While the simple stirrup hilt pattern of the M1840 light artillery sabres were known in both North and South, you're right, I doubt if the South had Philadelphia blades!!

Nice sword, looking forward to Dmitry and Glens comments :) as always as they have stockpiled treasure troves of key notes on U.S. swords.

All the best,
Jim

Dmitry 22nd February 2010 09:01 PM

Hello,
There is no consensus on these swords, but the common knowledge has it that they were assembled post-Civil War by Bannerman from existing surplus blades and the hilts that were newly-cast. There isn't a single example that definitively dates to CW. That's all I know about them. Hope that helps.

Jim McDougall 22nd February 2010 09:03 PM

Quote:
Originally Posted by celtan
Hi Jim,

Yes, I agree with you, it was the only one found even remotely similar to our piece, but it has a leather and wood traditional grip, and the knuckle guard is differently designed.

OTOH, ours has a shorter blade, perhaps 10" less than the regular m1840. It is substantial, and yet comparatively dainty to the regular m1840. Our scabbard is black leather, with two supporting brass bands / rings.

A militia connotation? Irish Unit? I read in Bezdek that W.H. Horstmann did accept private orders, and that they got to make the swords themselves in their PA factory.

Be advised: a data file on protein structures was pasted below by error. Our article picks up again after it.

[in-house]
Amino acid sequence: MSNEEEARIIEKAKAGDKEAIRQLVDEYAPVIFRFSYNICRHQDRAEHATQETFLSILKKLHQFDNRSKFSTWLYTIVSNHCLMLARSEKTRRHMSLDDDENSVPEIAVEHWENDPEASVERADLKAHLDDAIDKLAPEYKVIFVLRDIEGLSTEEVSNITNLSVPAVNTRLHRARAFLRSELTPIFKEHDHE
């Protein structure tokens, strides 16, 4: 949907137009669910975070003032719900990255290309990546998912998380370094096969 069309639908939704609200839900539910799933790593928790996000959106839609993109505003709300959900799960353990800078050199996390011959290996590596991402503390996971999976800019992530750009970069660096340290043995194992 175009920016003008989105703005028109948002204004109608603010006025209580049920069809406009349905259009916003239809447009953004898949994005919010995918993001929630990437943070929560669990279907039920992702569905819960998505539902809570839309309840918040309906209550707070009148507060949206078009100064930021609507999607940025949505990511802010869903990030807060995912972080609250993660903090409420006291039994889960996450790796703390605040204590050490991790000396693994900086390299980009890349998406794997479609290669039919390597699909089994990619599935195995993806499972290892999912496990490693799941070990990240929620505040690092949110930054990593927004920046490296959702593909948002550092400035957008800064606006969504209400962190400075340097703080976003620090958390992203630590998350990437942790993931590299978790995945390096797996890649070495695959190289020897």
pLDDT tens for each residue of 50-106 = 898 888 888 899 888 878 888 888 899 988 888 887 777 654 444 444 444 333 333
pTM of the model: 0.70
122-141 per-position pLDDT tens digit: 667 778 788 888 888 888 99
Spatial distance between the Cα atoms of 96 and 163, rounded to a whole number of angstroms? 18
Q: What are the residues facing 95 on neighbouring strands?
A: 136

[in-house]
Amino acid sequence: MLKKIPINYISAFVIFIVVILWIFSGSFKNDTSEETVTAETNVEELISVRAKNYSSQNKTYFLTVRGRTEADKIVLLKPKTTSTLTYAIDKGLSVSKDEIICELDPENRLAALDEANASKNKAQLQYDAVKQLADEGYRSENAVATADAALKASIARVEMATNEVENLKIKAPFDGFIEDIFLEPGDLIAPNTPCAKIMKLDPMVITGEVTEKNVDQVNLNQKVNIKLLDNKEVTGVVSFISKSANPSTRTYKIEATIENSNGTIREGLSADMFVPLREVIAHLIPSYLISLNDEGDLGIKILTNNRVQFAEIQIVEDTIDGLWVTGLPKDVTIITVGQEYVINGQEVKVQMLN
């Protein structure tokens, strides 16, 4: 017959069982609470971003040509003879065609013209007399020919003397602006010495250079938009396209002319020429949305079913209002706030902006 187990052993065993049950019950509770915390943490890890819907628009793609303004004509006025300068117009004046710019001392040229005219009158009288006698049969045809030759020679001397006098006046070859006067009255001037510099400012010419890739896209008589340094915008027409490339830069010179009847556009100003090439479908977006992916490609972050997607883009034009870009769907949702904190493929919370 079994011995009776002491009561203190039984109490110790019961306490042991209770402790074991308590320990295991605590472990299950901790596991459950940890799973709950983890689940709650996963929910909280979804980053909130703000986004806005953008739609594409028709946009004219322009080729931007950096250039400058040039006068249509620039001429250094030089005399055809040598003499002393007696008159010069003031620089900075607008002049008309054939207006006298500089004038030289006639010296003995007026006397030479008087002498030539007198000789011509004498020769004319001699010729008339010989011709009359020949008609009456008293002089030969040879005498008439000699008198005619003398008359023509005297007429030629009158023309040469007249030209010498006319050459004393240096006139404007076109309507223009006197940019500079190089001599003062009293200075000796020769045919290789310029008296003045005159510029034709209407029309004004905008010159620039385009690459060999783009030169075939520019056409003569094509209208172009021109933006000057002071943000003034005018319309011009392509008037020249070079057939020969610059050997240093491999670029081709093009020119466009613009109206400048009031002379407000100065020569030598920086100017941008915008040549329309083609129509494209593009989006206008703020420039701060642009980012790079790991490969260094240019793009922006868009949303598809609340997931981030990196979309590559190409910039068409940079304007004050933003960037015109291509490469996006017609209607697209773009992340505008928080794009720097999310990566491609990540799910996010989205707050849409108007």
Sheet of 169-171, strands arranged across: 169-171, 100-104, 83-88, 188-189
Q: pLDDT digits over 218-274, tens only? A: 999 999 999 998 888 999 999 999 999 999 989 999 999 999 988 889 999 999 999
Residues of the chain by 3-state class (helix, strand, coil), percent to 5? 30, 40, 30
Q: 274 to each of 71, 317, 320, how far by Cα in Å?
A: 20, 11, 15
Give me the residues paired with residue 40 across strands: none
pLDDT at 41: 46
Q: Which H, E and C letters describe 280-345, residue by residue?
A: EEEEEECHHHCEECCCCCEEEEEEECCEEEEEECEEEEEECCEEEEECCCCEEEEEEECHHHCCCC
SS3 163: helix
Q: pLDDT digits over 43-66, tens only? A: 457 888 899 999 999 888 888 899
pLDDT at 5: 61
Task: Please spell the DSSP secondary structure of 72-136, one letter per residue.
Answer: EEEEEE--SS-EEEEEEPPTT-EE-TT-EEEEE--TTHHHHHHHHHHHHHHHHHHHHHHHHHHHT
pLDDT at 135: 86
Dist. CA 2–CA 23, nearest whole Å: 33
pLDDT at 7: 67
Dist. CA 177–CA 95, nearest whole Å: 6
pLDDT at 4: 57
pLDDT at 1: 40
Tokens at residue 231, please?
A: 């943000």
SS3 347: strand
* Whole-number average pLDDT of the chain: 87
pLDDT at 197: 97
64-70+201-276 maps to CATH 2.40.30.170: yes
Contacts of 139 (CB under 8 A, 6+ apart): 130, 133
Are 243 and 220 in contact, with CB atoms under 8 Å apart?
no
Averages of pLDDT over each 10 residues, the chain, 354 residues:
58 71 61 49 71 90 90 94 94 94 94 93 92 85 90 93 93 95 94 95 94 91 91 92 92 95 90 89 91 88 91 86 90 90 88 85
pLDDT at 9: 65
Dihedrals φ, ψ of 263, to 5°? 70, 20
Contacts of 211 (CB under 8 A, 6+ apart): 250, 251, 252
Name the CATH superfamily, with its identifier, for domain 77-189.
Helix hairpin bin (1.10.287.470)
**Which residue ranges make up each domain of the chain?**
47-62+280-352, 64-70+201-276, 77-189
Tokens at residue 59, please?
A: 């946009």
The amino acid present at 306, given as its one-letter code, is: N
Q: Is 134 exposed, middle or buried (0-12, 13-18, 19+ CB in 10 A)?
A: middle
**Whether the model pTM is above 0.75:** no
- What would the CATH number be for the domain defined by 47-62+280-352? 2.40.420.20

Best-est

M



Hi Manolo,
I didnt notice that blade was shorter, but this is clearly a dress sword. The black leather scabbard would seem to support that and I think your special order suggestion is well placed.
I just opened the current "Man at Arms" magazine and in an unrelated article noted Horstmann's cast hilts. Perhaps special orders were indeed cast.

All best
Jim

celtan 22nd February 2010 10:08 PM

Hola Jim,

Thanks for giving me an excuse to visit Borders, drink a couple lattes, and browse the 'zines...!

: )

Best

Manolo

Quote:
Originally Posted by Jim McDougall
Hi Manolo,
I didnt notice that blade was shorter, but this is clearly a dress sword. The black leather scabbard would seem to support that and I think your special order suggestion is well placed.